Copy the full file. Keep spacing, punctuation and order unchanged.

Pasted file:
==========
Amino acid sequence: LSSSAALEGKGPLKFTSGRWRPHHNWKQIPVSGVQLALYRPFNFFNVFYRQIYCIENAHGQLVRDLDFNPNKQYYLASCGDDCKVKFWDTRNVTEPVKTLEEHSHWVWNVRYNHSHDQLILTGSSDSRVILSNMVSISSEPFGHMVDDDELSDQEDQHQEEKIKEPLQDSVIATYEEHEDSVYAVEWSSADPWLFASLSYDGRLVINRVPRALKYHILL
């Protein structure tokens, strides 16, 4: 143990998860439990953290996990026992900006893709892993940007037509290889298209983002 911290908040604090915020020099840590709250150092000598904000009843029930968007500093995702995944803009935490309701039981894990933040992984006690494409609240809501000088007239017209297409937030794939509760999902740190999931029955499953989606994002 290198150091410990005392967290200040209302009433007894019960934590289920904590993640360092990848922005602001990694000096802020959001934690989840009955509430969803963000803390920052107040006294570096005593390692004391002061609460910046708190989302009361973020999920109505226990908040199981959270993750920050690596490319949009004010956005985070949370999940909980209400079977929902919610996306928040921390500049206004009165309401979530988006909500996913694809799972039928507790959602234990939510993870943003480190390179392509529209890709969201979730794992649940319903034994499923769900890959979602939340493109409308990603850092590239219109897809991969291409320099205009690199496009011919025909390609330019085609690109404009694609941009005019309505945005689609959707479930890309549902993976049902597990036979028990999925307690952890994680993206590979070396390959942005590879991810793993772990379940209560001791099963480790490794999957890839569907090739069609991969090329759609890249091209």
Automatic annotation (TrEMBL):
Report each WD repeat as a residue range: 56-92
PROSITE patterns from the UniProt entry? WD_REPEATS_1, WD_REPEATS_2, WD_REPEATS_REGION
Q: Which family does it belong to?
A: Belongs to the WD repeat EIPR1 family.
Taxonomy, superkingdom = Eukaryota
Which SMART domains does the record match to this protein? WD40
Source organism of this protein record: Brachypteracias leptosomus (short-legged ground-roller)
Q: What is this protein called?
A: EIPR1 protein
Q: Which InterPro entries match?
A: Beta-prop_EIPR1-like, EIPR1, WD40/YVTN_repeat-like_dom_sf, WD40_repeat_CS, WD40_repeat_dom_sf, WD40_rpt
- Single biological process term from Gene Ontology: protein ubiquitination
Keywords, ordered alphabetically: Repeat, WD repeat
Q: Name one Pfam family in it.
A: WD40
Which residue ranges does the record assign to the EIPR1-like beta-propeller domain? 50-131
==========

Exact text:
Amino acid sequence: LSSSAALEGKGPLKFTSGRWRPHHNWKQIPVSGVQLALYRPFNFFNVFYRQIYCIENAHGQLVRDLDFNPNKQYYLASCGDDCKVKFWDTRNVTEPVKTLEEHSHWVWNVRYNHSHDQLILTGSSDSRVILSNMVSISSEPFGHMVDDDELSDQEDQHQEEKIKEPLQDSVIATYEEHEDSVYAVEWSSADPWLFASLSYDGRLVINRVPRALKYHILL
């Protein structure tokens, strides 16, 4: 143990998860439990953290996990026992900006893709892993940007037509290889298209983002 911290908040604090915020020099840590709250150092000598904000009843029930968007500093995702995944803009935490309701039981894990933040992984006690494409609240809501000088007239017209297409937030794939509760999902740190999931029955499953989606994002 290198150091410990005392967290200040209302009433007894019960934590289920904590993640360092990848922005602001990694000096802020959001934690989840009955509430969803963000803390920052107040006294570096005593390692004391002061609460910046708190989302009361973020999920109505226990908040199981959270993750920050690596490319949009004010956005985070949370999940909980209400079977929902919610996306928040921390500049206004009165309401979530988006909500996913694809799972039928507790959602234990939510993870943003480190390179392509529209890709969201979730794992649940319903034994499923769900890959979602939340493109409308990603850092590239219109897809991969291409320099205009690199496009011919025909390609330019085609690109404009694609941009005019309505945005689609959707479930890309549902993976049902597990036979028990999925307690952890994680993206590979070396390959942005590879991810793993772990379940209560001791099963480790490794999957890839569907090739069609991969090329759609890249091209």
Automatic annotation (TrEMBL):
Report each WD repeat as a residue range: 56-92
PROSITE patterns from the UniProt entry? WD_REPEATS_1, WD_REPEATS_2, WD_REPEATS_REGION
Q: Which family does it belong to?
A: Belongs to the WD repeat EIPR1 family.
Taxonomy, superkingdom = Eukaryota
Which SMART domains does the record match to this protein? WD40
Source organism of this protein record: Brachypteracias leptosomus (short-legged ground-roller)
Q: What is this protein called?
A: EIPR1 protein
Q: Which InterPro entries match?
A: Beta-prop_EIPR1-like, EIPR1, WD40/YVTN_repeat-like_dom_sf, WD40_repeat_CS, WD40_repeat_dom_sf, WD40_rpt
- Single biological process term from Gene Ontology: protein ubiquitination
Keywords, ordered alphabetically: Repeat, WD repeat
Q: Name one Pfam family in it.
A: WD40
Which residue ranges does the record assign to the EIPR1-like beta-propeller domain? 50-131